Facebook threatens to block news sites in the US if it has to pay for their content

Facebook is playing the same card again in the US, threatening to block news sites if the US Congress passes a law allowing publications to negotiate remuneration for their content on social media. The bill is called the Journalism Competition and Preservation Act and would allow journalists to negotiate fair deals with Facebook, Twitter and other platforms, which although display news content among ads, do not pay for it.

Facebook says the law would set a “chilling” precedent

“If Congress passes a poorly researched bill as part of national security legislation, we will be forced to consider removing news from our platform completely, rather than submit to forced government negotiations that don’t take into account the value we provide to news publications through increased traffic and subscriptions. The Journalism Competition and Preservation Act fails to recognize the key fact: online publications and broadcasters willingly put their content on our platform because it benefits them financially, not the other way around. No company should be forced to pay for content that users don’t want to see, and that’s not an important source of revenue. Simply put, the government creating a cartel-like entity that forces one private company to subsidize other private entities sets a chilling precedent for all American business.”, posted Andy Stone, represented Meta on his Twitter account.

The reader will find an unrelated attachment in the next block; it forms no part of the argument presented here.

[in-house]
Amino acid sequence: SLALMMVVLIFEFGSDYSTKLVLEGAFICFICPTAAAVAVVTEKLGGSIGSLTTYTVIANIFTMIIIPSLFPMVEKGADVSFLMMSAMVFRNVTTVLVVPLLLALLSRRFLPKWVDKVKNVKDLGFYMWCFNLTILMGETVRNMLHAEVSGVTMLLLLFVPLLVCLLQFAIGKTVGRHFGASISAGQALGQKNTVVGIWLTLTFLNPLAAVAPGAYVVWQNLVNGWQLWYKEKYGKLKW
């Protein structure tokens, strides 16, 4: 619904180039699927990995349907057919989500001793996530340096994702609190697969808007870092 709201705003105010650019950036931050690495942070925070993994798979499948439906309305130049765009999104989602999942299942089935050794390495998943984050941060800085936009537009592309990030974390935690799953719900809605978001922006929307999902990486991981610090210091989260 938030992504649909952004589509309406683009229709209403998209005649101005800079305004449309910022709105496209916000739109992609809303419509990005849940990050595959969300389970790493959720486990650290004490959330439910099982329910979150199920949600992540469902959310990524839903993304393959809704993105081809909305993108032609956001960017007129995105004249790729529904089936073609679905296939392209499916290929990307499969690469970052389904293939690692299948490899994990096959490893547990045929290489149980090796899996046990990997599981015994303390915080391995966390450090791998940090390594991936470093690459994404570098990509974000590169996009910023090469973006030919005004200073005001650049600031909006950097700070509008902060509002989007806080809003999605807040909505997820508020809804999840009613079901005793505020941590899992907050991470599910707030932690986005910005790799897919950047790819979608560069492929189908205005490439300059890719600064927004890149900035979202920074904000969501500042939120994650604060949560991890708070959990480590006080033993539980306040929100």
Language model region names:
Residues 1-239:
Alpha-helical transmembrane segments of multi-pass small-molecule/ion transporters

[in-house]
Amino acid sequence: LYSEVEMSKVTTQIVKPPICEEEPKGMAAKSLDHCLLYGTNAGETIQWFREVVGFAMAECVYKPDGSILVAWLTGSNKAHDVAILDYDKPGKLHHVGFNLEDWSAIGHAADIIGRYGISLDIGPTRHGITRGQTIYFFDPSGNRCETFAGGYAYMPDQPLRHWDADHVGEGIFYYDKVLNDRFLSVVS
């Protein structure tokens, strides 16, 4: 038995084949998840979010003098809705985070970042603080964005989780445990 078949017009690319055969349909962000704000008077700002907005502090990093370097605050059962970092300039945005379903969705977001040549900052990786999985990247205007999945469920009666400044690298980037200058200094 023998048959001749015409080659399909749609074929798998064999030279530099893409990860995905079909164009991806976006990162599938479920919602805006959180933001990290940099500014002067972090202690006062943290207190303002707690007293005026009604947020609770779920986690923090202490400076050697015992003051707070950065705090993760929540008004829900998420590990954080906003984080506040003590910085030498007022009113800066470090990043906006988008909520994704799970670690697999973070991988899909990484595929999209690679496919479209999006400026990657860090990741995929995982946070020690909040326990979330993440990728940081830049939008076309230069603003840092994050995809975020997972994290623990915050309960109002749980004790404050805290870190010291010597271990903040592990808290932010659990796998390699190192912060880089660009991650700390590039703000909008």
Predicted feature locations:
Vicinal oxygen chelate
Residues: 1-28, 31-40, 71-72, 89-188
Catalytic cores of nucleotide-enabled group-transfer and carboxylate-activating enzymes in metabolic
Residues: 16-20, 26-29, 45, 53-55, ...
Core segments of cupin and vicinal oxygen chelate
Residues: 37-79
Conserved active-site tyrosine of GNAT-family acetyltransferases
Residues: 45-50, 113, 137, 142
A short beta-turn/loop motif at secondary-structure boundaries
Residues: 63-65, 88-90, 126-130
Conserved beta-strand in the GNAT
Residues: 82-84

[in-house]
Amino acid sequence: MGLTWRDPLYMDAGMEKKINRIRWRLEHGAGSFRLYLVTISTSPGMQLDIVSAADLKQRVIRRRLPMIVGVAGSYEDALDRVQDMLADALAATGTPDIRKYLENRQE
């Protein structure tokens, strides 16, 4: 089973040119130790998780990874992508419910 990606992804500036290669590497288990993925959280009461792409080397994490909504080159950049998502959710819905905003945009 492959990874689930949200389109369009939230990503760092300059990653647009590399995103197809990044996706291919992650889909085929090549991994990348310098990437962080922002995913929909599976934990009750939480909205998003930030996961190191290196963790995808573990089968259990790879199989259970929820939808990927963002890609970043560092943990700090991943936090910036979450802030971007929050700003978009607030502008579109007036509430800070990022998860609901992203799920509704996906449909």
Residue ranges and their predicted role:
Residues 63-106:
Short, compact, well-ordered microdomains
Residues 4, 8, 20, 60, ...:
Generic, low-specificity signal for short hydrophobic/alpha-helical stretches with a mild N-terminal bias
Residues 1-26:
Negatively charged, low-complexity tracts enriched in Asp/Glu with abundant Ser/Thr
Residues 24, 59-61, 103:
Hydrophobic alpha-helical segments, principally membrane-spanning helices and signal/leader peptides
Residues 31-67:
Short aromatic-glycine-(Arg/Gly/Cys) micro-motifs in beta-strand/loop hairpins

The social network Facebook demonstrated that it is willing to carry out its threats when it effectively blocked all news publications in Australia when a similar law was passed. Eventually, Meta returned to the negotiating table two months later and partnered with news publications for a fee, but from a more favourable position. Most likely, the company will adopt the same tactic in the US.

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